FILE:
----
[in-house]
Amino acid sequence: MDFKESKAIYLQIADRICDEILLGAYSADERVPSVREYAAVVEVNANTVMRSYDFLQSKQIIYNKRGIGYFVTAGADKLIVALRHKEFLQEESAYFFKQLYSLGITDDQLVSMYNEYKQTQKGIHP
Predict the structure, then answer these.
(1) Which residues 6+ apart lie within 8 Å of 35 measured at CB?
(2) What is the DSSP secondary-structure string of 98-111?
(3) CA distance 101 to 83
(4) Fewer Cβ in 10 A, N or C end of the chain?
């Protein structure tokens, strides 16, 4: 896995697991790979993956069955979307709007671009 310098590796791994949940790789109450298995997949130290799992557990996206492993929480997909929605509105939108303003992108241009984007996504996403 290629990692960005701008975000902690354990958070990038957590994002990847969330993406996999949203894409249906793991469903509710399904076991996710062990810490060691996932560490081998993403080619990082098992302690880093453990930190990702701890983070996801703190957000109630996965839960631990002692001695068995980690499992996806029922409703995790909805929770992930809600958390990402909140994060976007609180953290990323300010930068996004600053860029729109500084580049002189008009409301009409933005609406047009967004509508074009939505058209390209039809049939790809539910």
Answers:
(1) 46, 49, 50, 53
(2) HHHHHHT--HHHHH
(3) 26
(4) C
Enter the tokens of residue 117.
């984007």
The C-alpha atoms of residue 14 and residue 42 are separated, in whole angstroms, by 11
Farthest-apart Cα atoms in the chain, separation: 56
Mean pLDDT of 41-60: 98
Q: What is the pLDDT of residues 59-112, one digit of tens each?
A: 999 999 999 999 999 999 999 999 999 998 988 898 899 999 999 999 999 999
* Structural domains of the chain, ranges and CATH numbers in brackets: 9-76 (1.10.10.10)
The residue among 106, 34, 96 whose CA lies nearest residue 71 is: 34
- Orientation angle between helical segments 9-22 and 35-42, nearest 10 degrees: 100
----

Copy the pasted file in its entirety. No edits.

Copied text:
[in-house]
Amino acid sequence: MDFKESKAIYLQIADRICDEILLGAYSADERVPSVREYAAVVEVNANTVMRSYDFLQSKQIIYNKRGIGYFVTAGADKLIVALRHKEFLQEESAYFFKQLYSLGITDDQLVSMYNEYKQTQKGIHP
Predict the structure, then answer these.
(1) Which residues 6+ apart lie within 8 Å of 35 measured at CB?
(2) What is the DSSP secondary-structure string of 98-111?
(3) CA distance 101 to 83
(4) Fewer Cβ in 10 A, N or C end of the chain?
């Protein structure tokens, strides 16, 4: 896995697991790979993956069955979307709007671009 310098590796791994949940790789109450298995997949130290799992557990996206492993929480997909929605509105939108303003992108241009984007996504996403 290629990692960005701008975000902690354990958070990038957590994002990847969330993406996999949203894409249906793991469903509710399904076991996710062990810490060691996932560490081998993403080619990082098992302690880093453990930190990702701890983070996801703190957000109630996965839960631990002692001695068995980690499992996806029922409703995790909805929770992930809600958390990402909140994060976007609180953290990323300010930068996004600053860029729109500084580049002189008009409301009409933005609406047009967004509508074009939505058209390209039809049939790809539910």
Answers:
(1) 46, 49, 50, 53
(2) HHHHHHT--HHHHH
(3) 26
(4) C
Enter the tokens of residue 117.
């984007």
The C-alpha atoms of residue 14 and residue 42 are separated, in whole angstroms, by 11
Farthest-apart Cα atoms in the chain, separation: 56
Mean pLDDT of 41-60: 98
Q: What is the pLDDT of residues 59-112, one digit of tens each?
A: 999 999 999 999 999 999 999 999 999 998 988 898 899 999 999 999 999 999
* Structural domains of the chain, ranges and CATH numbers in brackets: 9-76 (1.10.10.10)
The residue among 106, 34, 96 whose CA lies nearest residue 71 is: 34
- Orientation angle between helical segments 9-22 and 35-42, nearest 10 degrees: 100